This past Monday, the King County Council took action to amend the King County Code to reflect the new sick leave requirements after Initiative 1433 was approved by Washington State voters in November of 2016. I took this opportunity to reevaluate when and how sick leave policy is used and proposed an amendment that passed, to allow County employees to utilize sick leave in order to increase their safety if they or a family member have been a victim of human trafficking.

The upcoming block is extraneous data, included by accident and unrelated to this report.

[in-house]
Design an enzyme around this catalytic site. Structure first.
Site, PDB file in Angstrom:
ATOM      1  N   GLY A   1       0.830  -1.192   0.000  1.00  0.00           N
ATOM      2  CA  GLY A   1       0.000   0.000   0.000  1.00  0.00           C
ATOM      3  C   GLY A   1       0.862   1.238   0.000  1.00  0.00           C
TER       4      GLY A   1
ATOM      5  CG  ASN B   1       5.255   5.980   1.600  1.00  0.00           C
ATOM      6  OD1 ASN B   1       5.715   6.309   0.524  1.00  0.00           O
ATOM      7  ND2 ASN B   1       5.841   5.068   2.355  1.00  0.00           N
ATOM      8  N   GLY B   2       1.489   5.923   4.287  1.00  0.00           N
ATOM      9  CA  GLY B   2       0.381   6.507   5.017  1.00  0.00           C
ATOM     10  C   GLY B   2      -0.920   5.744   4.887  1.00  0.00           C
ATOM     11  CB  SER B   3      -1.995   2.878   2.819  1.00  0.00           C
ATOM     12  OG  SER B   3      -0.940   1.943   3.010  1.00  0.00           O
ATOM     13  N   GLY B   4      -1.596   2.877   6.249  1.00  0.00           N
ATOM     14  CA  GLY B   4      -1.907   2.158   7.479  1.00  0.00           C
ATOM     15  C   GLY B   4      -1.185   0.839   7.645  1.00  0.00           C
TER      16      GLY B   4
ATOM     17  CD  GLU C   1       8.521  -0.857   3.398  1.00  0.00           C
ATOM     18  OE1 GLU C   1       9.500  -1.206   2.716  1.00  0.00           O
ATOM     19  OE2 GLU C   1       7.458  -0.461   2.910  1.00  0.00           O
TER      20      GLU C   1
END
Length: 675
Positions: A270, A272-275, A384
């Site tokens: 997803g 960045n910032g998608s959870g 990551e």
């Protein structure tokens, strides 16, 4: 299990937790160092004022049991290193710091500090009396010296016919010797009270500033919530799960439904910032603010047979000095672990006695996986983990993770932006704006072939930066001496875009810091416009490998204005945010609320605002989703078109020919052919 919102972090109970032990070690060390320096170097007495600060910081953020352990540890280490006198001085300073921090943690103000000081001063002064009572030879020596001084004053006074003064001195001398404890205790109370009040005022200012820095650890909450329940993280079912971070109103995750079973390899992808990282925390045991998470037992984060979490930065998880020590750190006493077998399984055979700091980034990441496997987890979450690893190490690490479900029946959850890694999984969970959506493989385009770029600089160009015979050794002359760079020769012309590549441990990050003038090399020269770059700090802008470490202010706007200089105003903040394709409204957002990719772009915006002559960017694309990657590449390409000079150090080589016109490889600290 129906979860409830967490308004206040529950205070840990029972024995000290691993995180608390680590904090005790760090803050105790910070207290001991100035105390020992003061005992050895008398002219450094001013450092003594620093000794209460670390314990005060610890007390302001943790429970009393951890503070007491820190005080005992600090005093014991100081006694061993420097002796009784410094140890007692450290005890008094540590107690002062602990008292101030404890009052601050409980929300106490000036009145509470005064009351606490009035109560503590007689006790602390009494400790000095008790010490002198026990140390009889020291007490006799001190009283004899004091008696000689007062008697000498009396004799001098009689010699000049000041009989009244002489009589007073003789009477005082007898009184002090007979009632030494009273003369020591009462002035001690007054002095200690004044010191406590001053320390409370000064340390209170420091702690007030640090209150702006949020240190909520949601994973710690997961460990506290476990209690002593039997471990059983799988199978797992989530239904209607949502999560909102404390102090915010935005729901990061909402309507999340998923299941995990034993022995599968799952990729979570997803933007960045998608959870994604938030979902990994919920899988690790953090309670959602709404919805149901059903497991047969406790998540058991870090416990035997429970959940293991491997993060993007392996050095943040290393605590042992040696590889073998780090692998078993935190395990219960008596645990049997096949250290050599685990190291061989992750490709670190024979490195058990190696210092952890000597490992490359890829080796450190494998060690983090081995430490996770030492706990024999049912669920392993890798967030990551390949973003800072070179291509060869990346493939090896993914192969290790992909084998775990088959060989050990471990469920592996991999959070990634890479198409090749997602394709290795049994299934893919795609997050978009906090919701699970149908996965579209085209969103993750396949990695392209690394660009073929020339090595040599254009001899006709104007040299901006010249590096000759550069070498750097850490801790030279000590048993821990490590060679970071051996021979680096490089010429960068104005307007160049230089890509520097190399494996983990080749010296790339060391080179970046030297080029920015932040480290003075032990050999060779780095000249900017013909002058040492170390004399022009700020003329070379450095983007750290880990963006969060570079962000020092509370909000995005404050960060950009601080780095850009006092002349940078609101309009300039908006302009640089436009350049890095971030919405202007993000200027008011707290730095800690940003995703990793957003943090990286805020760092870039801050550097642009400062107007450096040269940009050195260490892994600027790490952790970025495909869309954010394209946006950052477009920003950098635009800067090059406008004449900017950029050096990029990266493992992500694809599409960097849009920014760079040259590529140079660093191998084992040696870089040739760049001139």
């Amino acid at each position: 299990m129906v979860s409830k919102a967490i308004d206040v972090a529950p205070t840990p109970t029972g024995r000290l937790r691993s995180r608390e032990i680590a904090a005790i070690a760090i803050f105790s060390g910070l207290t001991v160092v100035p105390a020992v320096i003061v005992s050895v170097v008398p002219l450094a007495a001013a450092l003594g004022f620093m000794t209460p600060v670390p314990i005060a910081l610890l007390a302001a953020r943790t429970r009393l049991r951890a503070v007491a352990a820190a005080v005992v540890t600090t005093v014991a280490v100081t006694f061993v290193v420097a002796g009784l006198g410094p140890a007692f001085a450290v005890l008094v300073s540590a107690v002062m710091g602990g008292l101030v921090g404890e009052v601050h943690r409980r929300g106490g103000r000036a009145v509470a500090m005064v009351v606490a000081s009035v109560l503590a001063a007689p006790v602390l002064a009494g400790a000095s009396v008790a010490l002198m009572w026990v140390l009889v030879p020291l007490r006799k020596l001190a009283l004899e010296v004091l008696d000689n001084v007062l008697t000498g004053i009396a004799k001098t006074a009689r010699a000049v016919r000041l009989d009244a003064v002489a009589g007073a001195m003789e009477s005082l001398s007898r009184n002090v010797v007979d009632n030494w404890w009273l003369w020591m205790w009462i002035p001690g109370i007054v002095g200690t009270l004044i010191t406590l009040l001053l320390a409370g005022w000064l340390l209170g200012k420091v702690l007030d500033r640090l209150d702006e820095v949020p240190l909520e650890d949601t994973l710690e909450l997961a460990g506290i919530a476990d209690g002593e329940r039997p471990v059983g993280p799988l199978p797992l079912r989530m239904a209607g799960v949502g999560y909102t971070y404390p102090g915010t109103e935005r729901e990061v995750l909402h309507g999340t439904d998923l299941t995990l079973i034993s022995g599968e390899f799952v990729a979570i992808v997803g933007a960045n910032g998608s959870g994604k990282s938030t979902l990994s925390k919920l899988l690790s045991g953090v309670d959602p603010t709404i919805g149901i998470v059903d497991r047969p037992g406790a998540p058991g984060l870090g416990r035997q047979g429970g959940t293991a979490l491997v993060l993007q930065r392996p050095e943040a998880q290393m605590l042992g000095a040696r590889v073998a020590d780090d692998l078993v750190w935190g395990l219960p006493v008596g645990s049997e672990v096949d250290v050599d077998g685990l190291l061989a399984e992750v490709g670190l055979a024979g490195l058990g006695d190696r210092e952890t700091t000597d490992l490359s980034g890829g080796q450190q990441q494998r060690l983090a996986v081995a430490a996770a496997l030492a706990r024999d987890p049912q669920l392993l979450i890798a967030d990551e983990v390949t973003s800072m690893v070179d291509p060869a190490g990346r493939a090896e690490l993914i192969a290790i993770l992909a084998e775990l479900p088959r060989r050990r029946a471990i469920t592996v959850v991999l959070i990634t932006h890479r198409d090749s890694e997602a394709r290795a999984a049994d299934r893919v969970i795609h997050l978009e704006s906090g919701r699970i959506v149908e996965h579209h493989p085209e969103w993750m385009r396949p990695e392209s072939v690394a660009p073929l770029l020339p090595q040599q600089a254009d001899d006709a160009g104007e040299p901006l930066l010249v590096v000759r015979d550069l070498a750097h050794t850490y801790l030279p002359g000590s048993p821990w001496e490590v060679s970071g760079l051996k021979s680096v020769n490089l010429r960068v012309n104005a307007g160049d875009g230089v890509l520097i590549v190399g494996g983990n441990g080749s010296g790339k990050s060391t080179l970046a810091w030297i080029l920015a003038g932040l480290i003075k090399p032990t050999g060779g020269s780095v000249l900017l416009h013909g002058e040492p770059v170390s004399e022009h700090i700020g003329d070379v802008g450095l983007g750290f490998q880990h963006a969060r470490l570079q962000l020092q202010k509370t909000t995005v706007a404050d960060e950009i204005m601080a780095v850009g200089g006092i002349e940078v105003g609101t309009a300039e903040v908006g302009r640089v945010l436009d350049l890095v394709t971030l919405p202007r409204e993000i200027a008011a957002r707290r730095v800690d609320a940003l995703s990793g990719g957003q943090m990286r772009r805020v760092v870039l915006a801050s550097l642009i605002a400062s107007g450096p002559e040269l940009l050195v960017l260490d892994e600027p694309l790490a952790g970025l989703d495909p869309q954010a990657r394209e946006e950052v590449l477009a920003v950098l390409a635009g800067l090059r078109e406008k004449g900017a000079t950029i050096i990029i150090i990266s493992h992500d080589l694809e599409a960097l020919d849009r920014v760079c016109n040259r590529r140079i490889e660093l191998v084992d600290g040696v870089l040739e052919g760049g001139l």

In order to combat human trafficking, an insidious local and international issue, King County is sending a message to survivors: you are welcome here. Many survivors may not identify as having been a victim of a human trafficking crime and may feel unsafe identifying themselves or others. Including survivors in sick leave policy allows them to safely and confidentially take leave to get the help they need without the fear of losing their job. The legal process alone can be daunting, not to mention time-consuming and services for survivors are only effective if they are accessible. King County is the 5th largest employer in the region after Boeing, Microsoft, University of Washington and Amazon.com. With this action, we’re able to continue working to protect survivors of domestic violence as well as human trafficking.